For some years I tried to avoid trips to Switzerland. It is a nice country with beautiful nature, but the prices are just horrible. During the coronavirus pandemic in 2020 I was searching for places I could reach by train and as I’ve never seen the capital city of Switzerland, I booked my ticket. But then our Swiss neighbors held a large yodel festival (really!), and the infection numbers were increasing dramatically. Therefore, it took me another year before I could do the trip.
In the end it was worth waiting for the right moment. Bern is the perfect destination for a prolonged weekend stay. The old town is located beautifully on a mountain circled by river Aare. The old houses, the Berner Münster and the Kramgasse are highlights themselves (and the old town is also a UNESCO world heritage site) – but from the old center you’ve got beautiful views on the clear and colorful river and the mountains. And there is much more to Bern than this.
Bern has a nice museum landscape starting with art museums: the fantastic Zentrum Paul Klee that honors this local painter, the Kunstmuseum collecting the old masters and also the small Kunsthalle. You can follow the traces of Albert Einstein at the Einsteinhaus or – even better – at the Berner Historisches Museum. And my absolute favorite was the Museum für Kommunikation, a playground for all topics around communication.
I enjoyed walking up the hill to take a look on the city center from the Rosengarten. Not far away you can also find the Stade de Suisse which is a soccer stadium known in past times as the Wankdorfstadion – it is the place where the German national team won the world championship in 1954, an important match after the end of World War II. If you need a place to relax you can take the Gurtenbahn funicular to the top of the mountain Gurten and hike through nature. Or you watch the bears at the Bärengraben or roam the nice zoological garden. Close to the Dählihölzili is also the bridge from which people jump into river Aare.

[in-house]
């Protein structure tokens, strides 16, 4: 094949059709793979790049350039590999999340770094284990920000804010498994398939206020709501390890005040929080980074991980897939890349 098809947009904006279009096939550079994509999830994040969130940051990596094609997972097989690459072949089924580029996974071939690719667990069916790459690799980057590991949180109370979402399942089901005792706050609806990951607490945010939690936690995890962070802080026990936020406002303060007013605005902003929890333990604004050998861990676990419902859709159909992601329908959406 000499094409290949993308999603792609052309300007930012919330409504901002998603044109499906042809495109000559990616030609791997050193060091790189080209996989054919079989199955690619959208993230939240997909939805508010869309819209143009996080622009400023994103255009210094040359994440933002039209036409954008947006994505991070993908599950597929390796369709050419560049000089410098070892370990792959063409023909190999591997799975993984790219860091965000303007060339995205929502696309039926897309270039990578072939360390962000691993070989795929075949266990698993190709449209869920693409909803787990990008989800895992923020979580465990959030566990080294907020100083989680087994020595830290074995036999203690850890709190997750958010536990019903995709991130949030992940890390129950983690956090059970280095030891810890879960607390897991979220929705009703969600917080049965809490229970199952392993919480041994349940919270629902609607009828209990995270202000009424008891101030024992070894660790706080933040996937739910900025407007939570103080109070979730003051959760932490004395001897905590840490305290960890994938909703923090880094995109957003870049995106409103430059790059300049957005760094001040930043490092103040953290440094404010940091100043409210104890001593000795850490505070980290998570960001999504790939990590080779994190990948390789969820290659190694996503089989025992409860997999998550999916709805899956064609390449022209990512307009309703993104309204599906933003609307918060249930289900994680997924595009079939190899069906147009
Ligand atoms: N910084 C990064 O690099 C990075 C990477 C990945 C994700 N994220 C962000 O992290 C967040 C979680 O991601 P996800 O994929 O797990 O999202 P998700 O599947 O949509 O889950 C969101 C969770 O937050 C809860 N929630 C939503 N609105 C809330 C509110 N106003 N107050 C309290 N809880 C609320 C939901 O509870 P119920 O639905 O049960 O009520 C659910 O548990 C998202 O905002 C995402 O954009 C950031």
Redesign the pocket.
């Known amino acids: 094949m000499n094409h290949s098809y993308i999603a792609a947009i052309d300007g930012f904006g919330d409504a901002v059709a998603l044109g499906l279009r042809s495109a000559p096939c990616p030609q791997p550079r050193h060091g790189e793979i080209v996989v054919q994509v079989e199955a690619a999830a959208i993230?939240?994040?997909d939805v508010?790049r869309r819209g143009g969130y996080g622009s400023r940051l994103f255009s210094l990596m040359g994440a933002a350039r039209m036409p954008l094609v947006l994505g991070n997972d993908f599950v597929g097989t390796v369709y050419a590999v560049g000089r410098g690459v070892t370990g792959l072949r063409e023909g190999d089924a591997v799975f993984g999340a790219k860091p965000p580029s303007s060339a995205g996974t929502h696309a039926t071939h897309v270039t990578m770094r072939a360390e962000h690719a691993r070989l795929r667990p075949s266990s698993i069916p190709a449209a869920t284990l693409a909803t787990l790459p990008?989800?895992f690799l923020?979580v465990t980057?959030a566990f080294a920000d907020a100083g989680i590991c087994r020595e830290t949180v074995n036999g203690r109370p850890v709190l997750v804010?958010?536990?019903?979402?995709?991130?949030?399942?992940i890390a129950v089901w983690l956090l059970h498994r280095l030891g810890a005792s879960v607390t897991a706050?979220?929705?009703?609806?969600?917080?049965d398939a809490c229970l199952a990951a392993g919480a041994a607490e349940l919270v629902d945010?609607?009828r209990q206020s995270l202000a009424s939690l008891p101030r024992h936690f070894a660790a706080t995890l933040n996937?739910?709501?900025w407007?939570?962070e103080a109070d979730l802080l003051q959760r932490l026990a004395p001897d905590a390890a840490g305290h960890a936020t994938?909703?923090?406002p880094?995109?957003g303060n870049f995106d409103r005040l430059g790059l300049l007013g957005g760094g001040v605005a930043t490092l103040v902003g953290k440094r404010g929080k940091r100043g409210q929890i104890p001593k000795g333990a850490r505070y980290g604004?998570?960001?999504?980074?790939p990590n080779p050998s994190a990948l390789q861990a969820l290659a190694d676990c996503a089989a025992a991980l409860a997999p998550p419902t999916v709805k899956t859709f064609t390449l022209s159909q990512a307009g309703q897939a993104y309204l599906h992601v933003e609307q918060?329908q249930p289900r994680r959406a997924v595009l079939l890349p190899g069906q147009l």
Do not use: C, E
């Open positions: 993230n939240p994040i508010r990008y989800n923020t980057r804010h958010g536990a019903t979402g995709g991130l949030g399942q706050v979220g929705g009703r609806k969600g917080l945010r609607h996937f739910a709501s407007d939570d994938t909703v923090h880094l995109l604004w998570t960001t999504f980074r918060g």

You can explore Bern easily on foot, but there are also many means of local transport: busses, tramways, trolleybuses, trains. Even elevators and funiculars are part of this system. In general, public transport is easy to use in Switzerland. With the SBB smartphone app I had all that I needed to take trains, busses, and ships. Payment was simple because of the integrated ApplePay functionality and the also offer an EasyTicket: you just check in at your starting point and you check out at your final destination – the system then calculates the cheapest ticket.
I left the city for a tour to the medieval city of Murten and I went to the Emmental to learn how the original Emmental cheese is made. One of the best decisions was to go to Thun, a beautiful city at the Thunersee. From there you can get to the top of the Niesen mountain and really enjoy the Alps. And you can also have a nice boat cruise on this fantastic lake surrounded by high mountains.
Switzerland is still a bit special, not part of the European Union and having its own currency, the Schweizer Franken. But you don’t need to worry, you can on the one hand always pay by card and on the other hand ATMs always equip you easily with cash. They also have their own language which isn’t understandable for Germans: Schwizerdütsch. But they switch to Englisch or German when they recognize that you’re lost.
Spending a long weekend in Bern was a brilliant decision and it hopefully cured my desire for mountains and Alpine landscape for a while. The best place in Bern is my special hint: on top of a skyscraper next to the railway station (which is in fact a retirement home) you can find the PinkLime, an improvised rooftop bar with amazing views on the city and especially on the many trains passing by. Apéro (the Swiss get-together with finger food and drinks) shouldn’t be omitted.